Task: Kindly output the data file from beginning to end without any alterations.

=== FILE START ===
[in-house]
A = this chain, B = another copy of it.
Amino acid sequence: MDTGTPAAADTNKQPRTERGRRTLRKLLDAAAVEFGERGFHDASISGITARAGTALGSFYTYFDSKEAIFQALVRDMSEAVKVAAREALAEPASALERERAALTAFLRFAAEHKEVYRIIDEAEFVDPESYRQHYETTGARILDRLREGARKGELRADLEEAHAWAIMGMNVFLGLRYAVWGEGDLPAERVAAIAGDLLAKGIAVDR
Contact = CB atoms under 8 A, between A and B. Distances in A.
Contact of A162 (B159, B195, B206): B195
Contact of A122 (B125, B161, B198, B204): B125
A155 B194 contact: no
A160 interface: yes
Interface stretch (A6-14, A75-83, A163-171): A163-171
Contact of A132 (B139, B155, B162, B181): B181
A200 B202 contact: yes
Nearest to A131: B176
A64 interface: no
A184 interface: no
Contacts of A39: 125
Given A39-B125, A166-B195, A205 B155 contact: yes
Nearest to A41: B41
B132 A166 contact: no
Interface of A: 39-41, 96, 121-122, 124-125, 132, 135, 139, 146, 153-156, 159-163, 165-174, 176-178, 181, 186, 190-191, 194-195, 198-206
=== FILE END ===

[in-house]
A = this chain, B = another copy of it.
Amino acid sequence: MDTGTPAAADTNKQPRTERGRRTLRKLLDAAAVEFGERGFHDASISGITARAGTALGSFYTYFDSKEAIFQALVRDMSEAVKVAAREALAEPASALERERAALTAFLRFAAEHKEVYRIIDEAEFVDPESYRQHYETTGARILDRLREGARKGELRADLEEAHAWAIMGMNVFLGLRYAVWGEGDLPAERVAAIAGDLLAKGIAVDR
Contact = CB atoms under 8 A, between A and B. Distances in A.
Contact of A162 (B159, B195, B206): B195
Contact of A122 (B125, B161, B198, B204): B125
A155 B194 contact: no
A160 interface: yes
Interface stretch (A6-14, A75-83, A163-171): A163-171
Contact of A132 (B139, B155, B162, B181): B181
A200 B202 contact: yes
Nearest to A131: B176
A64 interface: no
A184 interface: no
Contacts of A39: 125
Given A39-B125, A166-B195, A205 B155 contact: yes
Nearest to A41: B41
B132 A166 contact: no
Interface of A: 39-41, 96, 121-122, 124-125, 132, 135, 139, 146, 153-156, 159-163, 165-174, 176-178, 181, 186, 190-191, 194-195, 198-206